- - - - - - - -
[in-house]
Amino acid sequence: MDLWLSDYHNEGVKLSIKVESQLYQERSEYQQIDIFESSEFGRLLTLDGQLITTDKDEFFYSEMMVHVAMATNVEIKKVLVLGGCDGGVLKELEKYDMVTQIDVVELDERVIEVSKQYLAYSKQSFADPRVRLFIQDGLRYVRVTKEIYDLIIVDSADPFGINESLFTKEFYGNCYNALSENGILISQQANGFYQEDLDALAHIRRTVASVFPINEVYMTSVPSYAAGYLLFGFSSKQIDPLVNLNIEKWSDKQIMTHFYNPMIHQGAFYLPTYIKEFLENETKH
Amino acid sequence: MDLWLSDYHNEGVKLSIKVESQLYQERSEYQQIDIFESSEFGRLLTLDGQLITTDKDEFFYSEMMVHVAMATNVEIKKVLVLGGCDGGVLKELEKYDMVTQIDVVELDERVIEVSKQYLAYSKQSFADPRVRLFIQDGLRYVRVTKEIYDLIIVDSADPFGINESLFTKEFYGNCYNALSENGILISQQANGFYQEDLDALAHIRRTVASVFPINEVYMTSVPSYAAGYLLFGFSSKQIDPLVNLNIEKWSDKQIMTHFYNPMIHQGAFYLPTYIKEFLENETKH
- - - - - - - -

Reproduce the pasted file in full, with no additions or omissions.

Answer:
[in-house]
Amino acid sequence: MDLWLSDYHNEGVKLSIKVESQLYQERSEYQQIDIFESSEFGRLLTLDGQLITTDKDEFFYSEMMVHVAMATNVEIKKVLVLGGCDGGVLKELEKYDMVTQIDVVELDERVIEVSKQYLAYSKQSFADPRVRLFIQDGLRYVRVTKEIYDLIIVDSADPFGINESLFTKEFYGNCYNALSENGILISQQANGFYQEDLDALAHIRRTVASVFPINEVYMTSVPSYAAGYLLFGFSSKQIDPLVNLNIEKWSDKQIMTHFYNPMIHQGAFYLPTYIKEFLENETKH
Amino acid sequence: MDLWLSDYHNEGVKLSIKVESQLYQERSEYQQIDIFESSEFGRLLTLDGQLITTDKDEFFYSEMMVHVAMATNVEIKKVLVLGGCDGGVLKELEKYDMVTQIDVVELDERVIEVSKQYLAYSKQSFADPRVRLFIQDGLRYVRVTKEIYDLIIVDSADPFGINESLFTKEFYGNCYNALSENGILISQQANGFYQEDLDALAHIRRTVASVFPINEVYMTSVPSYAAGYLLFGFSSKQIDPLVNLNIEKWSDKQIMTHFYNPMIHQGAFYLPTYIKEFLENETKH